Friday, August 20, 2021

Friday, August 20, 2021

Today’s trips couldn’t have been more different from each other.

The morning trip started with grey skies, a big swell from yesterday’s storms, and even a few light sprinkles of rain.  Our first sighting was of a small blue shark. Unfortunately, cloudy days make it more difficult to see into the water, and blue sharks are notoriously skittish, so our viewing opportunity was brief. Further along, our mate Matt spotted a whale behind the boat. We turned around and found the humpback whale named Clamp!  She has been one of our regulars lately, and we were happy to see that she was still in the area.

a bit of marine debris to the right of Clamp

That bit of debris was a Coke bottle! If she had been feeding here, she may 
have accidentally ingested it, causing big problems down the road! Please don't use single-use plastics! 


Clamp diving

We watched Clamp for a bit and then got a report of some more whales to our south.  There, we found three humpback whales. Two were traveling together, and the third was close. This group was slowly moving WSW and pretty laid back. Quote, who has been seen occasionally in our area, was hanging just outside the pair, which included Nile and Scylla. Nile had been seen a while back off the mouth of the Merrimack River, and she has been reported to be spending much of her time with Scylla since the start of our season (May/June). Long-term associations of humpbacks are not unheard of but are somewhat rare.


Quote's cool asymmetrical tail!

A fourth humpback was passing through the area and we ended up catching up to it on our trek home! Chromosome was doing some surface traveling northward!

Chromosome diving

Also on our way home, we had quick glimpses of a minke whale and some harbor porpoises, and then a great look at an ocean sunfish!!

 This afternoon, the rain clouds moved on, and we ventured out on fairly calm seas. We found Clamp once again and stayed with her for a short time before another whale watch boat arrived. We don’t like to have more than one boat on a whale whenever possible, so we decided to continue on to see what else was in the area.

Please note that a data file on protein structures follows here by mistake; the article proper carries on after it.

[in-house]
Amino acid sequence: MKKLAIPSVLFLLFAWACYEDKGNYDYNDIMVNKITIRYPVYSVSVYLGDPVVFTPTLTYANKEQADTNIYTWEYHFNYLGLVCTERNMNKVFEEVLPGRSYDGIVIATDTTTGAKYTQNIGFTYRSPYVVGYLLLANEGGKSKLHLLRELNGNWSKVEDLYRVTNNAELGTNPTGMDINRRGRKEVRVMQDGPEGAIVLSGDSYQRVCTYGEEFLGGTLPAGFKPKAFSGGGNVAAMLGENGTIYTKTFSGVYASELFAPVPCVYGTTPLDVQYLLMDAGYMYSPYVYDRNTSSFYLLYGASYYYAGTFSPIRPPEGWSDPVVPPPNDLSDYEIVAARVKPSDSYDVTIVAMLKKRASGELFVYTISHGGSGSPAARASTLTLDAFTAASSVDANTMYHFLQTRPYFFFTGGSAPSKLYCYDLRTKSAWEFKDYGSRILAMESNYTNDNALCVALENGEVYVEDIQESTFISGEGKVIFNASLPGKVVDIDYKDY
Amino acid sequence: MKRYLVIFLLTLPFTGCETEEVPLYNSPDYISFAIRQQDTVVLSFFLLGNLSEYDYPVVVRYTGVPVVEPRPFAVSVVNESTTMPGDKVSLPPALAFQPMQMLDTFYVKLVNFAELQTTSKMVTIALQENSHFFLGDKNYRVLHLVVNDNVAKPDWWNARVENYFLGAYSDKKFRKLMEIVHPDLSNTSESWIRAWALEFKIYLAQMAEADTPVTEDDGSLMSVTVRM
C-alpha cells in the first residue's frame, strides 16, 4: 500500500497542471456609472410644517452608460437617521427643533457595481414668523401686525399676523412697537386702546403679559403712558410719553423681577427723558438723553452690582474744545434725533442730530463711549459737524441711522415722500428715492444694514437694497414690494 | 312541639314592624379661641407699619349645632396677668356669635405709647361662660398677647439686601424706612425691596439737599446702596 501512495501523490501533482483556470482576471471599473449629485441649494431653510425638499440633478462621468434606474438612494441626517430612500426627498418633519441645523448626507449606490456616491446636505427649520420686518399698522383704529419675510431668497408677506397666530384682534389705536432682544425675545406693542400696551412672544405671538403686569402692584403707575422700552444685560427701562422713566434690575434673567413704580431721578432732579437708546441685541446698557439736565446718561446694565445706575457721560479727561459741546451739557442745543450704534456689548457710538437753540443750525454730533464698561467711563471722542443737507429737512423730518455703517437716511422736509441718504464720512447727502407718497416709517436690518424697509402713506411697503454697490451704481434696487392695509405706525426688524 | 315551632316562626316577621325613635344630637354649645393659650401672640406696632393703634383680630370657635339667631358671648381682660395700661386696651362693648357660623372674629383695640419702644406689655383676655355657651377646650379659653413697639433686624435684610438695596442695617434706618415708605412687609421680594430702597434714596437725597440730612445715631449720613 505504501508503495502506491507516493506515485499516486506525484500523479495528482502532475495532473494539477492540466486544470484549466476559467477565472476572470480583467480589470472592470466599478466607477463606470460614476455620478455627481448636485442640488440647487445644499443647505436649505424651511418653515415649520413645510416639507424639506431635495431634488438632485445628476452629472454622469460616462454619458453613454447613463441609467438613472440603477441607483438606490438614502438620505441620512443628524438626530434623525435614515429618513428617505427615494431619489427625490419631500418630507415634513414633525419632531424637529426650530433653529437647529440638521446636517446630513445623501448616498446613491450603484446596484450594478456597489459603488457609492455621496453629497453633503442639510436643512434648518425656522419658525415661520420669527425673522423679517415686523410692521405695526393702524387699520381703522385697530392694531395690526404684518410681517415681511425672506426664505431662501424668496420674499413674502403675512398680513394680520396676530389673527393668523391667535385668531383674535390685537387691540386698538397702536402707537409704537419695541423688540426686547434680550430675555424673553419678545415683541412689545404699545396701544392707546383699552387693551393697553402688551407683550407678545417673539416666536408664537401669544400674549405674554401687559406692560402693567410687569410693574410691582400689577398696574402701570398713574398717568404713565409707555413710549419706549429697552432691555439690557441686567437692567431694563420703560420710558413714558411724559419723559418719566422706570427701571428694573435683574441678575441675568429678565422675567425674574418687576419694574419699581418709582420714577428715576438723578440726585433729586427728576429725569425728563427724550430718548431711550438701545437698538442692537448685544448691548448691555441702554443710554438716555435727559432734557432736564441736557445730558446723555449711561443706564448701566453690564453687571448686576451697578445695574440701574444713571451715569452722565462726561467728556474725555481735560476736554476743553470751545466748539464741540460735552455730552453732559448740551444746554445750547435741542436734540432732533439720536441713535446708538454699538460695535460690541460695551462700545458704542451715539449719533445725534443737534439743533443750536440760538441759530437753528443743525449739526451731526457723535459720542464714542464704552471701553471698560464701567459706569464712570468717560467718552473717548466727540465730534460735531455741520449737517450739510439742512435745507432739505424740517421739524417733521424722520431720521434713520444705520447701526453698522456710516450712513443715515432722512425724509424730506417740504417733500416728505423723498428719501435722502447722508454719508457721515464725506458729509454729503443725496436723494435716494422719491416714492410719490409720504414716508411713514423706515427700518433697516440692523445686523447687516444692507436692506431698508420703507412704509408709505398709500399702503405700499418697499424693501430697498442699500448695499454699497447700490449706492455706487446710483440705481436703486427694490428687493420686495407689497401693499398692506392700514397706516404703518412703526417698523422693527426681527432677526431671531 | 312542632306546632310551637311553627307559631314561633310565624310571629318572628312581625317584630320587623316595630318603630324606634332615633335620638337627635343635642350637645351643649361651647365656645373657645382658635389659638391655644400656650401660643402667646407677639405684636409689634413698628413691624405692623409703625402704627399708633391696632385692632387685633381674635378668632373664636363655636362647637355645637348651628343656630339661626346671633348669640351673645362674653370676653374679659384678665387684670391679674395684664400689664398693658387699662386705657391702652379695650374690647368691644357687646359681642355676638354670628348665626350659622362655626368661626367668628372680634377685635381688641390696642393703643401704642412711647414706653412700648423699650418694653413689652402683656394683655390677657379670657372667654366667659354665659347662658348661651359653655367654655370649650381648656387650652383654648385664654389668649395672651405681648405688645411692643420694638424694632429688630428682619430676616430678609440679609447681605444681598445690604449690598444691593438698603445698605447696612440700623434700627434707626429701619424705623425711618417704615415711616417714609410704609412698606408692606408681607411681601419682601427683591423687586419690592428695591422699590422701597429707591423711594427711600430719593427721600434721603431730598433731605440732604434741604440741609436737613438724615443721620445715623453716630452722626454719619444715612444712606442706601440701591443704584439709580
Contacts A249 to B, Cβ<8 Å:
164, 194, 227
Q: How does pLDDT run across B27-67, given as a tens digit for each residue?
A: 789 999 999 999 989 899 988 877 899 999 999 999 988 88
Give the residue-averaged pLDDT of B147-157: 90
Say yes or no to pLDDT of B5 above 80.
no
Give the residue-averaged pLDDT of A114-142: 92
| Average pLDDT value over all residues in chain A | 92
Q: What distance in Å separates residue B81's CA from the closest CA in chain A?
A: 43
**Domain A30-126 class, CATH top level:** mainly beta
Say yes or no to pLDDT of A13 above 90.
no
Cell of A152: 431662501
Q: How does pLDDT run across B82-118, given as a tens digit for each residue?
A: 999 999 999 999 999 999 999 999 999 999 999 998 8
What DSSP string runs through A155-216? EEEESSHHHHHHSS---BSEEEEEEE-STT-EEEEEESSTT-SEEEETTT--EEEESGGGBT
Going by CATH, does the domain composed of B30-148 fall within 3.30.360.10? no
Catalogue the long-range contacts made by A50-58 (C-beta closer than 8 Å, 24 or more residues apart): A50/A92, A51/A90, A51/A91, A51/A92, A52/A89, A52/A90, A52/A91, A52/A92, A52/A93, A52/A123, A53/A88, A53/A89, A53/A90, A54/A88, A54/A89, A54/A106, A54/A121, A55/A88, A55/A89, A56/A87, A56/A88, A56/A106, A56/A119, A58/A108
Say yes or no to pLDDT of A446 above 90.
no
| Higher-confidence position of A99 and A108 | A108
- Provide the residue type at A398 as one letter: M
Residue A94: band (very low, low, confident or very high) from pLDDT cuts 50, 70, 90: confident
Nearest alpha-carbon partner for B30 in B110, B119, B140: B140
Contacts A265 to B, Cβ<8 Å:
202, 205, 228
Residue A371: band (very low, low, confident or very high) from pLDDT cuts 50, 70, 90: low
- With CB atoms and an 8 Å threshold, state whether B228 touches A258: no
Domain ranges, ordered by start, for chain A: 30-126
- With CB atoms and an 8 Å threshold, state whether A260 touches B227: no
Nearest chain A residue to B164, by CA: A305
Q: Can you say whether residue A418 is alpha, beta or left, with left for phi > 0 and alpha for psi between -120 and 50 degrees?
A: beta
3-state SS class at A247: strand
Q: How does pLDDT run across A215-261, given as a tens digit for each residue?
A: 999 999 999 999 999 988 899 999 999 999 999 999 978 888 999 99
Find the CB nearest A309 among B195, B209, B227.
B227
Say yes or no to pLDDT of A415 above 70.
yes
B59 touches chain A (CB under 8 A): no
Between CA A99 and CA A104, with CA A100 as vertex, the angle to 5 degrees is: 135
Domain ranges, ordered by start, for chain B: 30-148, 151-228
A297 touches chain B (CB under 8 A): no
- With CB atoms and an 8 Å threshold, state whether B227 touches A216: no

Our intern Tiffany spotted a pod of Atlantic white-sided dolphins!  This pod was a mellow group of around 50 animals and several calves! Cute! We shut the boat down several times and let the dolphins check us out. Without the noise of the engines, we could truly enjoy the serene moments with these wild animals. Just listening to their breaths made me wish I had a recording of them to listen to during my daily meditations!

As a charter fishing boat approached, they asked if they could show their passengers the dolphins. We said, “of course”, and took the opportunity to go back to look for Clamp again. We found her in the same area, and this time she was feeding! We saw clouds of bubbles at the surface, which she blew to help corral her prey. Cool!  


We had a little time left and decided to explore another area that hadn’t been covered in a while.  Recon missions are sometimes successful, and sometimes not so much. This mission was one of the not so much ones. Although we didn’t find any more whales, we enjoyed more time on the water as the sun broke through the clouds and the seas flattened out. We cruised home, passing through the Isles of Shoals for some extra sightseeing! A couple of harbor seals were briefly spotted, and a minke whale was seen in the distance.

 Great day on the Atlantic Ocean and the Gulf of Maine!


1 comment:

  1. Was on the afternoon trip. Heading down again next week.